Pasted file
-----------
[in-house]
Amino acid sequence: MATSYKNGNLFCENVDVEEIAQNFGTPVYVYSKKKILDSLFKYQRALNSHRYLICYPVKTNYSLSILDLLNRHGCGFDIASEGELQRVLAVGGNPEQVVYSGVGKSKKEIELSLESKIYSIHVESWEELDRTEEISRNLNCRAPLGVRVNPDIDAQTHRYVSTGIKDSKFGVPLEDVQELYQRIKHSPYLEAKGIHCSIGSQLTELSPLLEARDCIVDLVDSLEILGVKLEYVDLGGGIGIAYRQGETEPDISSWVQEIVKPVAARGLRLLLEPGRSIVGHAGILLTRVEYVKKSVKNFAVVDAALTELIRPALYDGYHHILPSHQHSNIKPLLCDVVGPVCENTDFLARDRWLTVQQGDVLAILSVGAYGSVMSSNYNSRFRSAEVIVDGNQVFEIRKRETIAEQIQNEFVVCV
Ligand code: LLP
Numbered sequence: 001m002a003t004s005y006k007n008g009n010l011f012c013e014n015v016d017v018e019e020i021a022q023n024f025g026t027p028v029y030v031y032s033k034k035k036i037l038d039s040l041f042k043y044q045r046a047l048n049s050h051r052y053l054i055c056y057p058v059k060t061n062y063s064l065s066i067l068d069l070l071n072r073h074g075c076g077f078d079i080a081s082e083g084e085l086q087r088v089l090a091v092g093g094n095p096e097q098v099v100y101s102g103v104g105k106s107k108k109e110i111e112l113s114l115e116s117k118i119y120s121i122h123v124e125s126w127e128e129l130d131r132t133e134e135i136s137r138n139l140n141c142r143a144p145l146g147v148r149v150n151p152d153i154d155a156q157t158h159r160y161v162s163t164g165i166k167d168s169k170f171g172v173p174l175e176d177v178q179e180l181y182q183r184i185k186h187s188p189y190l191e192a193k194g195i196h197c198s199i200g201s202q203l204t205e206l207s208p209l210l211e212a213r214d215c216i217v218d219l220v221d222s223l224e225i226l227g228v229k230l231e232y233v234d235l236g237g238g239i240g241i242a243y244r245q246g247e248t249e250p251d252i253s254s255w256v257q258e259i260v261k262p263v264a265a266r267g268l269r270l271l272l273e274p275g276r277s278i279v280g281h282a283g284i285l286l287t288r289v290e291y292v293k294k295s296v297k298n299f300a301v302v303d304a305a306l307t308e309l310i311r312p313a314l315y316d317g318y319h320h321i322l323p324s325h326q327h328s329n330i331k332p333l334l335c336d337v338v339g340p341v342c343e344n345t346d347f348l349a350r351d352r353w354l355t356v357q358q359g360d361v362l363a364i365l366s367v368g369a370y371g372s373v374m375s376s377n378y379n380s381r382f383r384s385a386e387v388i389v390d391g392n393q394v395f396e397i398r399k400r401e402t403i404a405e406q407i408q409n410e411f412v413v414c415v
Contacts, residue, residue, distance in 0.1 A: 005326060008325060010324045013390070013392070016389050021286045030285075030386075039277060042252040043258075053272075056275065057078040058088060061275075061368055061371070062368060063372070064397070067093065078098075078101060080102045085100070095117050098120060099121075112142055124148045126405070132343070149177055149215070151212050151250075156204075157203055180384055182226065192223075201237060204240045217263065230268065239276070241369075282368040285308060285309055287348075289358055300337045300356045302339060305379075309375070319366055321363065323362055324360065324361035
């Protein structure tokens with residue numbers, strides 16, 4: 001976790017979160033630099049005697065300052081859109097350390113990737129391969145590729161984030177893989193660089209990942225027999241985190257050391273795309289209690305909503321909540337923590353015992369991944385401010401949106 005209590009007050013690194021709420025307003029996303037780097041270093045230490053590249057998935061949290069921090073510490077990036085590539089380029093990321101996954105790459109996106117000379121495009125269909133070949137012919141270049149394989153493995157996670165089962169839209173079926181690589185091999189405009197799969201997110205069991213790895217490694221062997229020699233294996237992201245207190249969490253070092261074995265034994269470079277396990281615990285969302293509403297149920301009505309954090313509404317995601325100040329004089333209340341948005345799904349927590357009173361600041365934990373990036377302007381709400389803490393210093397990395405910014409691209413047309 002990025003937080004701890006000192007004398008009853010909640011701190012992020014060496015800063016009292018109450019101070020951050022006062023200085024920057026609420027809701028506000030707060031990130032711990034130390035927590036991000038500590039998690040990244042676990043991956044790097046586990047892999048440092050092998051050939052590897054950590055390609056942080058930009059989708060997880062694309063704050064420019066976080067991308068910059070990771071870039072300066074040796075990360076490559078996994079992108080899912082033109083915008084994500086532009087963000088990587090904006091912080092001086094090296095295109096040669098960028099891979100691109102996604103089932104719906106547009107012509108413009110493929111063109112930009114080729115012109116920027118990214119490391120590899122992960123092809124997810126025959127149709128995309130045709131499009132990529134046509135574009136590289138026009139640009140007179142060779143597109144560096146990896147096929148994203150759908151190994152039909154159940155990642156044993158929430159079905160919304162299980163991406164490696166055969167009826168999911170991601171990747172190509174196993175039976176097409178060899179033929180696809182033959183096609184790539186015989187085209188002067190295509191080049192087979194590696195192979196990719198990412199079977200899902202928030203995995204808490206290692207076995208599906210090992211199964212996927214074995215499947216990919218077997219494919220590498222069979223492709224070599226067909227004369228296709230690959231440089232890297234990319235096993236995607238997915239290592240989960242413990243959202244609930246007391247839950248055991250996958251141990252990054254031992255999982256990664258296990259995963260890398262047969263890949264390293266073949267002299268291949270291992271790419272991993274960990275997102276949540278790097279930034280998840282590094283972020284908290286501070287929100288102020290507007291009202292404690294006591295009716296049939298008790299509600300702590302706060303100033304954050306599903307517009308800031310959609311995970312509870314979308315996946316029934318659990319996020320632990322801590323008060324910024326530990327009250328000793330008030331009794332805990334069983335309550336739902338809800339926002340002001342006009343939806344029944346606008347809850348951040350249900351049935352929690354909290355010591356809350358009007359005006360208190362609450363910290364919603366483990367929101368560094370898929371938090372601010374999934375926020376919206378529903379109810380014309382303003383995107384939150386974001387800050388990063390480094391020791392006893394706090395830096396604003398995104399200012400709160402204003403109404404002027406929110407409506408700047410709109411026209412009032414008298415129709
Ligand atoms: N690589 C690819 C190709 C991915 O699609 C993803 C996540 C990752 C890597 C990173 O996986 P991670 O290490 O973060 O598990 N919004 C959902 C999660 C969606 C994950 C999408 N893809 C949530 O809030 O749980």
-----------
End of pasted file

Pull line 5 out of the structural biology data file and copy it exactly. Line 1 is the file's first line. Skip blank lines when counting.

Contacts, residue, residue, distance in 0.1 A: 005326060008325060010324045013390070013392070016389050021286045030285075030386075039277060042252040043258075053272075056275065057078040058088060061275075061368055061371070062368060063372070064397070067093065078098075078101060080102045085100070095117050098120060099121075112142055124148045126405070132343070149177055149215070151212050151250075156204075157203055180384055182226065192223075201237060204240045217263065230268065239276070241369075282368040285308060285309055287348075289358055300337045300356045302339060305379075309375070319366055321363065323362055324360065324361035